Before joining the Bisons, she played NCAA Division I soccer for Loyola University in Chicago. She left the team in her second season in August 2021 to try something different. The school didn’t have a football team, but she decided to try out for a club football squad.

She enjoyed the new sport and went to kicking camps. One coach helped her put together video and she sent film to dozens of schools in the United States and some in Canada early last year, including to Dobie’s desk.

“We were very cautious because we weren’t getting game film,” Dobie said. “Her film looked really good, it really did – the sound of the ball coming off her foot, the flight of the ball. She’s a very true kicker. She kicks a straight ball.”

He brought her in for a tryout in April 2022. About a dozen curious players watched her kick against the team’s soon-to-be-graduating kicker, Cole Sabourin. She impressed on the cold, breezy day.

“She was flatout more accurate than he was,” Dobie recalled. “Once it got to kicks in the 44-, 45-yard range, now he started to win the battles.”

He signed her that day with her parents by her side. She red-shirted during the 2022 season and improved this season, thanks in part to Winnipeg Blue Bombers placekicker Sergio Castillo helping the Bisons kickers once or twice a week.

The plan this season was to have Bisons kicker/punter Vinny De Rosa attempt field goals over 40 yards and Turner would go for the shorter kicks, Dobie said.

Game planning related to special teams didn’t allow Turner to play in Manitoba’s first game of the season at home. She was also left off the roster for the team’s following two road games because road rosters have five less players and De Rosa also punted, Dobie said.

Turner got the news last week she and De Rosa would play in Saturday’s game, which was extra exciting because her parents, grandparents and older sister already planned to drive from Minnesota for the game.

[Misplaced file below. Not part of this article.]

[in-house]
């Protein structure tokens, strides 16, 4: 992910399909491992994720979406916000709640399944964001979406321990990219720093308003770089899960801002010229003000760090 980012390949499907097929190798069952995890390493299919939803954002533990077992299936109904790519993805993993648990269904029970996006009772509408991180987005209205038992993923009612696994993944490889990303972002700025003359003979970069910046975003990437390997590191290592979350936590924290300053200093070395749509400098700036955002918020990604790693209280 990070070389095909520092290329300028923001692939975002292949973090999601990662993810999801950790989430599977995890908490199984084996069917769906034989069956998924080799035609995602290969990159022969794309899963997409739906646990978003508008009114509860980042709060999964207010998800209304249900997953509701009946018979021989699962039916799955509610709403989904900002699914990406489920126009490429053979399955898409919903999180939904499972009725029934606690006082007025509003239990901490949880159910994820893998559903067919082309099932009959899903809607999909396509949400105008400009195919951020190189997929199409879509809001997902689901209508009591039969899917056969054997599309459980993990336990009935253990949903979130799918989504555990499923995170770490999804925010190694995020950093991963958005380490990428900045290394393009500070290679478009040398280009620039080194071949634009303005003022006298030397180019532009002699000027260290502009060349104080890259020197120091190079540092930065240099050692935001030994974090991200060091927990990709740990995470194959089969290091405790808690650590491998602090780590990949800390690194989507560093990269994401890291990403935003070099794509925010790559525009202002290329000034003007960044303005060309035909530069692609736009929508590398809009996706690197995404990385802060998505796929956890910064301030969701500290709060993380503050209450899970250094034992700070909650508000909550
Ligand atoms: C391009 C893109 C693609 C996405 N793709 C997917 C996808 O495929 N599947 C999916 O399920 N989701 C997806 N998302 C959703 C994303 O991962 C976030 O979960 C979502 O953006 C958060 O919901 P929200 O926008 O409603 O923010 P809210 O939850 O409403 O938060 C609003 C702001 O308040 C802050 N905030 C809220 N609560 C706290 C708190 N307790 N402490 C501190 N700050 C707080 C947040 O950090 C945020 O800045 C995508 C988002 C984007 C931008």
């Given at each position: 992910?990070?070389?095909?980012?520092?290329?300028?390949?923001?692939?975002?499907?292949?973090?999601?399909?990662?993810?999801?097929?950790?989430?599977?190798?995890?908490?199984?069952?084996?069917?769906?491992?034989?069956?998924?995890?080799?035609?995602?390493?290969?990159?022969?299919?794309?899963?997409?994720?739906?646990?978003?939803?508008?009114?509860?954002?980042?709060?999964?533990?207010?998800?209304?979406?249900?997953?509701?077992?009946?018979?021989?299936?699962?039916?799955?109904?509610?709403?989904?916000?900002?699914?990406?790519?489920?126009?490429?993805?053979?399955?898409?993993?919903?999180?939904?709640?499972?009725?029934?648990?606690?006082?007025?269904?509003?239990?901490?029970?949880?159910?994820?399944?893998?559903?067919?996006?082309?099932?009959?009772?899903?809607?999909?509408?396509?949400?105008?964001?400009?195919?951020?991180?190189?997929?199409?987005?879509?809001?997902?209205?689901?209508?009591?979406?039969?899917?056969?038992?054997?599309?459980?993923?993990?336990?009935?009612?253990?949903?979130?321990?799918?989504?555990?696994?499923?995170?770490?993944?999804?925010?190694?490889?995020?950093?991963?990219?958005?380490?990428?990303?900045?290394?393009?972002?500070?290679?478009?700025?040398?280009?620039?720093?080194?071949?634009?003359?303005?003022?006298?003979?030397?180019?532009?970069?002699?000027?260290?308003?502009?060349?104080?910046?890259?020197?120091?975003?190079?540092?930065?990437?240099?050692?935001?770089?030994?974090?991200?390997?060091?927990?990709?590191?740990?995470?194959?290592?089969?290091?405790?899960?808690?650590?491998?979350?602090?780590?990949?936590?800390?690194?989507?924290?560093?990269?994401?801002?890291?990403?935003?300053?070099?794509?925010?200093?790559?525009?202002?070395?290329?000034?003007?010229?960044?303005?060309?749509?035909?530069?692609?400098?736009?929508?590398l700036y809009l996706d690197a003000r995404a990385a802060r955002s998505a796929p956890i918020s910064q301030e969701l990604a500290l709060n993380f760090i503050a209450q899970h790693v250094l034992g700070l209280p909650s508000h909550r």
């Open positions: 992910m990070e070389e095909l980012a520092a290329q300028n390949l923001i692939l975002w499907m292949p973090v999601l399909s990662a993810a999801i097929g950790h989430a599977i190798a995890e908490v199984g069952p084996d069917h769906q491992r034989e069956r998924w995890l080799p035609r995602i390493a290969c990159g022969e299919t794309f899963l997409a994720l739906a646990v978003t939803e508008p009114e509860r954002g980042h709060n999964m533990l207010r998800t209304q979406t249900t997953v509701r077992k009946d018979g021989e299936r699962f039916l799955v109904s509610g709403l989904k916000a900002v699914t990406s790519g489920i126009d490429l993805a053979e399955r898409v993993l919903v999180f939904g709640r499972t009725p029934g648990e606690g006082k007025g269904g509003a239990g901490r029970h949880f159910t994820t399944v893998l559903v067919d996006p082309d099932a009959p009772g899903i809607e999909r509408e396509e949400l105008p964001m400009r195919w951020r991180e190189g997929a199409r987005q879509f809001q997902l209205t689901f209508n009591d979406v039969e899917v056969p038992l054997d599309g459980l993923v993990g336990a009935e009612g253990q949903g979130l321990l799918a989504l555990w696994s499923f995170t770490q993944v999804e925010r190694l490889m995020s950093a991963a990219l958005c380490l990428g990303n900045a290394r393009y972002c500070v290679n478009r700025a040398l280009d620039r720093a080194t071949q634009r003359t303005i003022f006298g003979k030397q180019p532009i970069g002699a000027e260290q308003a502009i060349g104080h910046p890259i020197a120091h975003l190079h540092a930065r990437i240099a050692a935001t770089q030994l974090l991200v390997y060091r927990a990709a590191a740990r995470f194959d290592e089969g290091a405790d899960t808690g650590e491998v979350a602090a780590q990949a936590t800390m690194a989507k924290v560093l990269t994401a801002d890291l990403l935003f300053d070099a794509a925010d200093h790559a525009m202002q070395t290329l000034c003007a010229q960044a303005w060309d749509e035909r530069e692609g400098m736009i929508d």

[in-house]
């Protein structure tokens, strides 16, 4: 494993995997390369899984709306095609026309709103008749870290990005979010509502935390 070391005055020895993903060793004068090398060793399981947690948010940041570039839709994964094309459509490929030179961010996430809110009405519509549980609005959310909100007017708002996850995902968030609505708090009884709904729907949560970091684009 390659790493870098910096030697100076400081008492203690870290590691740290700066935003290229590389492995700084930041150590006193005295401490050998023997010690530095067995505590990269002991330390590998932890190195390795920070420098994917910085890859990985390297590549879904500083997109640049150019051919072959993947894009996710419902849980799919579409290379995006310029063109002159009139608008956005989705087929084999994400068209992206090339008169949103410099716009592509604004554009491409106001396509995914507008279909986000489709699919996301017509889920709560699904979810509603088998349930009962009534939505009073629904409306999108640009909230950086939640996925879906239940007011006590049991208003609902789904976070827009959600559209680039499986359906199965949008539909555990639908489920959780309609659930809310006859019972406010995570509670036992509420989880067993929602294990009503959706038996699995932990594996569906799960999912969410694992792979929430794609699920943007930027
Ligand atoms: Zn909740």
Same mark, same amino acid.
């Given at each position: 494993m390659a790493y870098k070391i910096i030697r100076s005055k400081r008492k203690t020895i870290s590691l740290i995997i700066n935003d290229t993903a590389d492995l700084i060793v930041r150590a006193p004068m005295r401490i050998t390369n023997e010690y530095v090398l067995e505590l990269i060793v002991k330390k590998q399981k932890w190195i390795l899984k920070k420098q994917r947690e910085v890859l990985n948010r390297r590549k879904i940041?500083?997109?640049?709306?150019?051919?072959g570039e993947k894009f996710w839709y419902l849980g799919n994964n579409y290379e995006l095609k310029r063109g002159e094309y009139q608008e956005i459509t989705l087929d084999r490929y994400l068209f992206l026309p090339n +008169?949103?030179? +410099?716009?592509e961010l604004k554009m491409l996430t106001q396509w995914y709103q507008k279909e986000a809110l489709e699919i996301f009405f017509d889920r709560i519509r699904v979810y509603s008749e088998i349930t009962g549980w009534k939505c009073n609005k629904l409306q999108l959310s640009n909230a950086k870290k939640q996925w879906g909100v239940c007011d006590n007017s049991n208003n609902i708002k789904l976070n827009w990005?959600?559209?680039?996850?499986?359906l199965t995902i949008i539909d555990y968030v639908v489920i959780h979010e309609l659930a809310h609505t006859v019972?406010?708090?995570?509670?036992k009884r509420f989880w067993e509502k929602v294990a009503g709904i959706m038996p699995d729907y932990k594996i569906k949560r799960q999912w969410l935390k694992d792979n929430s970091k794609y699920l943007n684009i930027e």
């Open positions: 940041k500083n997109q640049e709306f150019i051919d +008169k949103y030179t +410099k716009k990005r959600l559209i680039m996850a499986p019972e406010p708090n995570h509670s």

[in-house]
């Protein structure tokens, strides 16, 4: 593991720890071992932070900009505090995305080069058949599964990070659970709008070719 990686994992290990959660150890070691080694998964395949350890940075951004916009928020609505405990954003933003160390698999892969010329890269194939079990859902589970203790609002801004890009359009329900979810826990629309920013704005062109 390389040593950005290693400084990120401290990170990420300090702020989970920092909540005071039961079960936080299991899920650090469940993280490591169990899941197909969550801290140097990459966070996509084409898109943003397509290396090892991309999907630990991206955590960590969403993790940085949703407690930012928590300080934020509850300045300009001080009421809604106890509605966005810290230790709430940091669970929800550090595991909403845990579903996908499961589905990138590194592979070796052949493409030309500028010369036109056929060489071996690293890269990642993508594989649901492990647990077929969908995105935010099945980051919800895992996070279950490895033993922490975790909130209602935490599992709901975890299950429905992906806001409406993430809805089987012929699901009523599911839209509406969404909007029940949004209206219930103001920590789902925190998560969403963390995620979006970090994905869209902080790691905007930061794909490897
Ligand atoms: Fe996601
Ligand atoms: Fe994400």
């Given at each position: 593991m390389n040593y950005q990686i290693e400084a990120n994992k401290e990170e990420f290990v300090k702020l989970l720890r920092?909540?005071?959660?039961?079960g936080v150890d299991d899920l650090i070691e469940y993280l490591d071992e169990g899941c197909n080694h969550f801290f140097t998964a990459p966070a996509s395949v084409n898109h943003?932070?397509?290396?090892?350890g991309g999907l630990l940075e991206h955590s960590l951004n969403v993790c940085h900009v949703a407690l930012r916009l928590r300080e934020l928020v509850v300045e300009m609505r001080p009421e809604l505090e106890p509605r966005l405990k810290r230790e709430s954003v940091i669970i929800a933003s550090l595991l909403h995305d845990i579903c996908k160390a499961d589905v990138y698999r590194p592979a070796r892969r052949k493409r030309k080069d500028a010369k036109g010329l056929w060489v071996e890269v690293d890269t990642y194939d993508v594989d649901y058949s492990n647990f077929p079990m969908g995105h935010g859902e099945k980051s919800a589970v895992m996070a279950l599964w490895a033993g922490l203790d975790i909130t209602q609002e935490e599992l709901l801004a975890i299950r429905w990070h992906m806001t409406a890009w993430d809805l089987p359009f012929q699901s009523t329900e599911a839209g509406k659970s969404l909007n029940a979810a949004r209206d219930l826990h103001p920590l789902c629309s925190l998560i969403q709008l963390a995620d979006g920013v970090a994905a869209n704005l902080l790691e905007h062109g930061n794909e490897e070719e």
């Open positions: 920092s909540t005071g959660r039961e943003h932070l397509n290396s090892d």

After the victory, Dobie addressed the team in the locker room and gave Turner a game ball. The balls from her historic first kick and the winning field goal are being kept by the school in case they go into a hall of fame one day, Dobie said.

Turner said her ball is inside her locker at the university, which is a converted large washroom with her name plate on the door across from the team meeting room. It was a setup the team arranged for the five-foot-nine, 150-pound kicker, who is the second female to make the Bisons football roster.

Defensive back Reina Iizuka became the first female U Sports football player when she was on Manitoba’s roster from 2018-20, but she never dressed in a regular-season game.

Turner said her teammates have welcomed her from the beginning.

“I definitely feel respected by them as just another teammate,” she said. “They’re really supportive of me. I couldn’t ask for a better team environment.”

And that’s what Dobie is hoping for in his program.

“As a coach, we’re supposed to teach Xs and Os and techniques and all of that, of course,” he said. “But I think at the university level we’re also responsible for teaching life. I feel strongly about that.

“I think it’s been a really great process for the young men in this program. I’m really proud of them.”

CP - The Canadian Press